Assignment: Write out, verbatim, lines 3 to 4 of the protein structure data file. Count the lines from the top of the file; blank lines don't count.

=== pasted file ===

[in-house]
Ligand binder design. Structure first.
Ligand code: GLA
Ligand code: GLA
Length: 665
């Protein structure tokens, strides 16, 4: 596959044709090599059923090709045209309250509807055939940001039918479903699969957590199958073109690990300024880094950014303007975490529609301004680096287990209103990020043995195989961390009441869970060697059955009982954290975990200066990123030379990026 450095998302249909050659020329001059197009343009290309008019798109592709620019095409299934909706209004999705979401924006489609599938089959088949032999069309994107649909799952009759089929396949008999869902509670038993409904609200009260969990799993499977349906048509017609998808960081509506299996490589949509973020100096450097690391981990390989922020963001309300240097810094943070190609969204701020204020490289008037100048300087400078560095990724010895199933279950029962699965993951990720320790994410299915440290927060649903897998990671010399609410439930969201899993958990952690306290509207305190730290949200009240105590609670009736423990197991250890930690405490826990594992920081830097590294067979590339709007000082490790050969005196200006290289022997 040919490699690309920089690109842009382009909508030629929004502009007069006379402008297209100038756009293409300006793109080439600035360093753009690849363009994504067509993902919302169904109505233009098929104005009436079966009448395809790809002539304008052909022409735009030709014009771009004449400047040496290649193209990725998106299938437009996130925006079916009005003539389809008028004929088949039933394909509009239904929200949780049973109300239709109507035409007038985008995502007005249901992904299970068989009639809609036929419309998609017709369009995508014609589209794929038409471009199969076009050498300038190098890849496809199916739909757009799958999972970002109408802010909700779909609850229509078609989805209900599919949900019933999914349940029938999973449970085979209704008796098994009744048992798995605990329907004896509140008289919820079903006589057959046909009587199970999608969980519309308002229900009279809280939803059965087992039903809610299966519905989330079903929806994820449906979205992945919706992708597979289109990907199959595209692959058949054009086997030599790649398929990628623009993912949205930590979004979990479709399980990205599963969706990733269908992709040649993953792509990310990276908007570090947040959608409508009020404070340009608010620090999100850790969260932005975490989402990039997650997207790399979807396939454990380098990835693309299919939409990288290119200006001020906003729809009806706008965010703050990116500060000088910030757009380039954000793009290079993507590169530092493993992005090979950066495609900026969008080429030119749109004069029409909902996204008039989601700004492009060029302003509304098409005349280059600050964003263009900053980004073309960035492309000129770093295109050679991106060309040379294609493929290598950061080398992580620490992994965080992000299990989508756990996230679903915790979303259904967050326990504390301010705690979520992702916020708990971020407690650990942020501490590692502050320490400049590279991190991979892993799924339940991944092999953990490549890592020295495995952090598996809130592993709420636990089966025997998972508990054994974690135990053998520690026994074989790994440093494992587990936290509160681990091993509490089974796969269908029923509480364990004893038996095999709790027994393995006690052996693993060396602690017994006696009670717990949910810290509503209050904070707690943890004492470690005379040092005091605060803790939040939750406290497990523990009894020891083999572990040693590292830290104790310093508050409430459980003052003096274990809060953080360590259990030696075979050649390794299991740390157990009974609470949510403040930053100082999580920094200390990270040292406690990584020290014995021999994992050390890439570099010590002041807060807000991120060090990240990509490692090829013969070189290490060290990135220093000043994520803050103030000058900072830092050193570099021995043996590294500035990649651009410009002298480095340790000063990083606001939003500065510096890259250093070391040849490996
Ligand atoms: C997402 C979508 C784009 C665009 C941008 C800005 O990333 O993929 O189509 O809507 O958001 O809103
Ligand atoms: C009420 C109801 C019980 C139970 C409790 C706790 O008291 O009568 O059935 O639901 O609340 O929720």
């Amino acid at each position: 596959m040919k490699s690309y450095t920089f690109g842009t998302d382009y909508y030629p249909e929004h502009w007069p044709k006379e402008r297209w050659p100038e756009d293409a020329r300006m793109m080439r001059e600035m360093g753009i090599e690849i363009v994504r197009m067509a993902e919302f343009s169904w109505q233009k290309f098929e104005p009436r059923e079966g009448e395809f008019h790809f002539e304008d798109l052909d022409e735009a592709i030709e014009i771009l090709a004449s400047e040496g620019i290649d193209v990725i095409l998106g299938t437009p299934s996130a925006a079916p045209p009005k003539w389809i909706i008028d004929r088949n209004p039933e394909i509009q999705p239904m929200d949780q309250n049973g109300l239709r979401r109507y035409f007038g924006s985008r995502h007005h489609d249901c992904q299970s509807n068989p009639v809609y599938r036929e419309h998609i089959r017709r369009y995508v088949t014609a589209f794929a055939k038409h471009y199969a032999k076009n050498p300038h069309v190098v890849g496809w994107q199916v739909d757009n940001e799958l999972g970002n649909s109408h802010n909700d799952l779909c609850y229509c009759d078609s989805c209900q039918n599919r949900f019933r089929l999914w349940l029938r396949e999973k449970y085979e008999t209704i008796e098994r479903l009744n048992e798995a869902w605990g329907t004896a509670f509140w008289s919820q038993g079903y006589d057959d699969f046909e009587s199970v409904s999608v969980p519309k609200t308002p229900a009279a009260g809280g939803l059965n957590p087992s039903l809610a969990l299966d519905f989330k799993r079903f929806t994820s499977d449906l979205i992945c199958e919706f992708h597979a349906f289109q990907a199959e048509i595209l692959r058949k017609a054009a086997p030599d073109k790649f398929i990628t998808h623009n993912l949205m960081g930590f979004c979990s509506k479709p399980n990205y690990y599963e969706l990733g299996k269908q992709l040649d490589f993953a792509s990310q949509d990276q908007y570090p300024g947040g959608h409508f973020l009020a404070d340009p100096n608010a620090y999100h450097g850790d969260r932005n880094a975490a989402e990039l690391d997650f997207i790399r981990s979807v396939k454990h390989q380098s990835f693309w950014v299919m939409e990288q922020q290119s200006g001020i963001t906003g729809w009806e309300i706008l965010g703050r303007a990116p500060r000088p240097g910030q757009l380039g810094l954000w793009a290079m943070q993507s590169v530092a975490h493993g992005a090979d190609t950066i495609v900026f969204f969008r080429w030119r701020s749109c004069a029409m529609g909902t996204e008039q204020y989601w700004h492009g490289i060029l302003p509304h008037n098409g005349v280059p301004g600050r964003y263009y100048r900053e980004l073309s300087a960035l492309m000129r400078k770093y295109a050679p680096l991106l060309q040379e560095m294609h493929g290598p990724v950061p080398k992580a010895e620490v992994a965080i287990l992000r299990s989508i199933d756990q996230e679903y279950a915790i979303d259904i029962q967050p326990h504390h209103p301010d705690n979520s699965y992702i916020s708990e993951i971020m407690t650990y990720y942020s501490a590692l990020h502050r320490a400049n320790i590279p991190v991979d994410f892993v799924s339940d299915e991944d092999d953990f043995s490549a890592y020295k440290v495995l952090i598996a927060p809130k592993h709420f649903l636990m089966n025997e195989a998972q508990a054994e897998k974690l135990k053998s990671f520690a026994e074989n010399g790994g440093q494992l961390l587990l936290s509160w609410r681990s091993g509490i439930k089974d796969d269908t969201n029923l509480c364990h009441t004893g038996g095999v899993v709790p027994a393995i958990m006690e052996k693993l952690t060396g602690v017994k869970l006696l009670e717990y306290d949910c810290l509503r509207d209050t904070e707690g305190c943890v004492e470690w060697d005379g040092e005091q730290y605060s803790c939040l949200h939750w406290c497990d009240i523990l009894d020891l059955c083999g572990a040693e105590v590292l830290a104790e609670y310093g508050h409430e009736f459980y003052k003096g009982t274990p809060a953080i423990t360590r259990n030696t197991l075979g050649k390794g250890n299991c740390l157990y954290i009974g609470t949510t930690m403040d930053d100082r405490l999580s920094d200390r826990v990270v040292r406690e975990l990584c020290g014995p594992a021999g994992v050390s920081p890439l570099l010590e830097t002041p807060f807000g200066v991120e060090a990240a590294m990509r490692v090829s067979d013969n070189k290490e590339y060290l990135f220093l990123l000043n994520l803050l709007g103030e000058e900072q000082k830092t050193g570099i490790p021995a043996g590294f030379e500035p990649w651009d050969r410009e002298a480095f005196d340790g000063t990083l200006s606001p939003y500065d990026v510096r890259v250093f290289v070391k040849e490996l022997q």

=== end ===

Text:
Ligand code: GLA
Ligand code: GLA